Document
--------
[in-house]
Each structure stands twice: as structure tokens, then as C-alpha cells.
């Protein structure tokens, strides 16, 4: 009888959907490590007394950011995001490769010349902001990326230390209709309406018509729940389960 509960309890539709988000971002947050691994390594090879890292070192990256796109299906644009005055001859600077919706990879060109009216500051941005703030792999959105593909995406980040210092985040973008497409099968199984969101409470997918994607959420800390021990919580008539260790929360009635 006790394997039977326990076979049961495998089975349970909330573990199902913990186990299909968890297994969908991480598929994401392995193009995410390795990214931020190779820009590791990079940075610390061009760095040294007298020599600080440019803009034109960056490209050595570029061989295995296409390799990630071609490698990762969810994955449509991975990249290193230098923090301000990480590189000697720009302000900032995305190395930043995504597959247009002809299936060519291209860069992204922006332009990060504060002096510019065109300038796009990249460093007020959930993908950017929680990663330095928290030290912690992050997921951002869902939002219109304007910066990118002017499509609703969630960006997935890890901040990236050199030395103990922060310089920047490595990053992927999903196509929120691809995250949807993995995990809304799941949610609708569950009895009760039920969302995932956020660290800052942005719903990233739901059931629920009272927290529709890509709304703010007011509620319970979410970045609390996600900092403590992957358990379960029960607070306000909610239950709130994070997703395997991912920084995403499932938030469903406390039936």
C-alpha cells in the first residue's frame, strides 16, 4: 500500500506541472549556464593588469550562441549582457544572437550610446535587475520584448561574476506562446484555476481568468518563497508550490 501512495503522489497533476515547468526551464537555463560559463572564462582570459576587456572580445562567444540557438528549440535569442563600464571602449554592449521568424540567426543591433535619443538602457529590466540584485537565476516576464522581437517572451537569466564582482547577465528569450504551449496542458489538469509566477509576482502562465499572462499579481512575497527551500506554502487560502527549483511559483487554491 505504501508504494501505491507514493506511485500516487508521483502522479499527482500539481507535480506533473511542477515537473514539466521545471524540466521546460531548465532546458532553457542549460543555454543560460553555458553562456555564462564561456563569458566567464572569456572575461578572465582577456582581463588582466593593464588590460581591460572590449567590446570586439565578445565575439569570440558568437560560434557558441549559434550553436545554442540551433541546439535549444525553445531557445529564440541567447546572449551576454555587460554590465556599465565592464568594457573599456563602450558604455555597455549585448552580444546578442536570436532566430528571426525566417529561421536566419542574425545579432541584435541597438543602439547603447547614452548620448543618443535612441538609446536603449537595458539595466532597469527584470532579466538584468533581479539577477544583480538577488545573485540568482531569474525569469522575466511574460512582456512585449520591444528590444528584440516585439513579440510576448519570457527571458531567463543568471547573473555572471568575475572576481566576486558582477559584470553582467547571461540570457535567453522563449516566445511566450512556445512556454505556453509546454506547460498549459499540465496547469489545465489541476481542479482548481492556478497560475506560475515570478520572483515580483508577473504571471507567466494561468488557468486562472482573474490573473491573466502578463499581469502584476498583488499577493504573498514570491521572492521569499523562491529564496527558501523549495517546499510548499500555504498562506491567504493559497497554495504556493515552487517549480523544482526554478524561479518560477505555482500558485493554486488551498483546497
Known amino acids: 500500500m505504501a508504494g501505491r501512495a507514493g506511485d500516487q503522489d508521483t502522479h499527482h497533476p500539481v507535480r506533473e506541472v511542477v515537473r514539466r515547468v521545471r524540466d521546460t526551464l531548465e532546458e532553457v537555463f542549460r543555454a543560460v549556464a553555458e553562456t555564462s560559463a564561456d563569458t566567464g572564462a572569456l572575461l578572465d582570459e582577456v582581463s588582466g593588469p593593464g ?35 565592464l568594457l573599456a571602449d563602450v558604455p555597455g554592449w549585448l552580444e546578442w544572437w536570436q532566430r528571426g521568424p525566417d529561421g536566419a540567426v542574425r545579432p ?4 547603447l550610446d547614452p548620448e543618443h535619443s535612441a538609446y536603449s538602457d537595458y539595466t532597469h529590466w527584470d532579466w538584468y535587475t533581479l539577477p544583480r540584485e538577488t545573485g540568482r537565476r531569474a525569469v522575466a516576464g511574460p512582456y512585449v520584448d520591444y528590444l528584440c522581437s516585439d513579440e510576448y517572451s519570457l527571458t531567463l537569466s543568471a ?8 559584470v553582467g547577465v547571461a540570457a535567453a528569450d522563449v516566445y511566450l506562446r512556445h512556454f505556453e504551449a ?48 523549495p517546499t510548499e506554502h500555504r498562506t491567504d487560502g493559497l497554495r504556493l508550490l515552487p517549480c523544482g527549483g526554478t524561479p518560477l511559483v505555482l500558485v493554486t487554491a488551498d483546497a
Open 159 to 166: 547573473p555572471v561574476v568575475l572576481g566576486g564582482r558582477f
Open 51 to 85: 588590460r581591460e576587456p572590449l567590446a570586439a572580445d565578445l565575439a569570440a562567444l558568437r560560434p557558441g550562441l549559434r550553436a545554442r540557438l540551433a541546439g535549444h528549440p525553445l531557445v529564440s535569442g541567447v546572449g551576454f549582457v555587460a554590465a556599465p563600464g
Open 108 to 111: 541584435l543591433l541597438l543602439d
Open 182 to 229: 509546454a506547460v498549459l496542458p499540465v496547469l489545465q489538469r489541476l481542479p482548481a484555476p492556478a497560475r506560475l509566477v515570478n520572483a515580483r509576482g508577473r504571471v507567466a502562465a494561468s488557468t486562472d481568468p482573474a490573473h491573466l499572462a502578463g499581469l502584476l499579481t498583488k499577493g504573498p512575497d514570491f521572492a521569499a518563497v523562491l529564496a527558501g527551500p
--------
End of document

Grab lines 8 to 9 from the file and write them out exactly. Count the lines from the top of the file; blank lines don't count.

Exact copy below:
Open 108 to 111: 541584435l543591433l541597438l543602439d
Open 182 to 229: 509546454a506547460v498549459l496542458p499540465v496547469l489545465q489538469r489541476l481542479p482548481a484555476p492556478a497560475r506560475l509566477v515570478n520572483a515580483r509576482g508577473r504571471v507567466a502562465a494561468s488557468t486562472d481568468p482573474a490573473h491573466l499572462a502578463g499581469l502584476l499579481t498583488k499577493g504573498p512575497d514570491f521572492a521569499a518563497v523562491l529564496a527558501g527551500p